As a young Marine infantryman, Christian Benedetto Jr. Was awake for four consecutive days of combat operations during the opening salvos of the ground war phase of Operation Desert Storm, which changed his life forever.
“I was in the second armored vehicle to breach the berm on the Iraq border as part of the 2nd Marine Division,” said Benedetto, founder of PTSDJournal. “Being part of the tip of the spear, getting stuck in a minefield as well as many other things were all contributing factors to my eventual [post-traumatic stress disorder] diagnosis.”
PTSDJournal recently partnered with DAV to support both organizations’ shared mission of ensuring veterans can access the mental health care they’ve earned. The partnership will also help work to ensure PTSD remains in the national conversation.
“Our goal is to educate people who have PTSD, their loved ones and the rest of the country,” said Benedetto. “A little knowledge goes a long way, and we aim to remove the stigma of PTSD via education.”
Benedetto, a DAV life member, sought DAV’s help in getting care and benefits after trying to tackle PTSD on his own for nearly 20 years.
“When I finally came to accept my PTSD in 2013, DAV helped me navigate the VA system, which is getting better daily, but having a guild of supporters personally helps me,” he said. “I still email, call and visit my local DAV office in Newark, N.J., with questions.”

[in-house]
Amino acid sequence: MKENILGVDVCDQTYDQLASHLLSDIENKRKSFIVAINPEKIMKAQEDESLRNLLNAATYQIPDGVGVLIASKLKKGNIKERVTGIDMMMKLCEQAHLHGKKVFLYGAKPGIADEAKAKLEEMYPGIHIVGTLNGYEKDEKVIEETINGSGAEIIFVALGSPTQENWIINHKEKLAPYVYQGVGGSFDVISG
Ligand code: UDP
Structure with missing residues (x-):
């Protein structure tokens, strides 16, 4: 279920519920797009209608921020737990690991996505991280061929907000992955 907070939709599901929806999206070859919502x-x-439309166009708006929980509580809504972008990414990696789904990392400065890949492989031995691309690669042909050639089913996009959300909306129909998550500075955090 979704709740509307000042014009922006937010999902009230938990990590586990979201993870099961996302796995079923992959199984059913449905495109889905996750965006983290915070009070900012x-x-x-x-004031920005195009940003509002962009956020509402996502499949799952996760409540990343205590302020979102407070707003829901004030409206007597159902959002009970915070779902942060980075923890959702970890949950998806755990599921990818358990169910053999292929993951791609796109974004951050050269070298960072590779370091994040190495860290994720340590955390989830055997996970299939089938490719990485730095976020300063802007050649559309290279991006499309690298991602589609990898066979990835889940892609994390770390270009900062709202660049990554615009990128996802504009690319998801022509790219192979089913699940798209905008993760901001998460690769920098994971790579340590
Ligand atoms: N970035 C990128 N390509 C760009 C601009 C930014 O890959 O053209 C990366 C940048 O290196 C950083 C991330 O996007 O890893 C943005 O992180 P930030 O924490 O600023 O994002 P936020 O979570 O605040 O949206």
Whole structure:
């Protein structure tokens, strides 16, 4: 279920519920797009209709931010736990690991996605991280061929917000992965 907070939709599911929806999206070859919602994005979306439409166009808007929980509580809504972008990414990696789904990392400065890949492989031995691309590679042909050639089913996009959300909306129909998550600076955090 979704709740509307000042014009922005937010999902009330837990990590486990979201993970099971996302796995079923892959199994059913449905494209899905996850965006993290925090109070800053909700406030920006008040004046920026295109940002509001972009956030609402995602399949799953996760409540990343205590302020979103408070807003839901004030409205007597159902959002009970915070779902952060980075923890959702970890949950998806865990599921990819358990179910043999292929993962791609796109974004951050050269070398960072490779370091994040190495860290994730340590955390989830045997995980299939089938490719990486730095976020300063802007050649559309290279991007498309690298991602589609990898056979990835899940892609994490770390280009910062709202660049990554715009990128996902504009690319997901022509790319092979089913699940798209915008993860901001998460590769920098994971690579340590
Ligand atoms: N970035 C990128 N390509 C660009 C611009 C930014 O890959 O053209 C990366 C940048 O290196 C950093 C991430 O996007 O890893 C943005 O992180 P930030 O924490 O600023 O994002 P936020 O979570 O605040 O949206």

Benedetto invited DAV’s support for the inaugural Invisible Wounds Conference, a daylong discussion focused on PTSD, which included a panel discussion on military members transitioning to civilian life. DAV Past National Commander Dave Riley spoke openly about the internal struggle many veterans face when dealing with effects of trauma, but also how families suffer as well.
“My wife, Yvonne, was the one there who had to make the life-or-death decision to amputate all four of my limbs,” said Riley. “She has spent 20 years of her life devoted to her role as my caregiver. When I suffer, she suffers. But people tend to forget about the families.”
Riley went on to remind the conference attendees that although his wounds are visible, many veterans return home with wounds that are invisible, and it’s essential to continue this discussion to prevent any veteran or family member from slipping through the cracks of the system.
According to the National Institute of Mental Health and the National Center for PTSD, the disorder may occur after living through any dangerous event, such as a bad car accident or a natural disaster.
Benedetto advises service members and fellow veterans to not enter the mind-set that PTSD happens to “other people.”
“There is no shame or stigma to PTSD,” he said. “You may have scars, but it’s because you are stronger than what tried to break you.”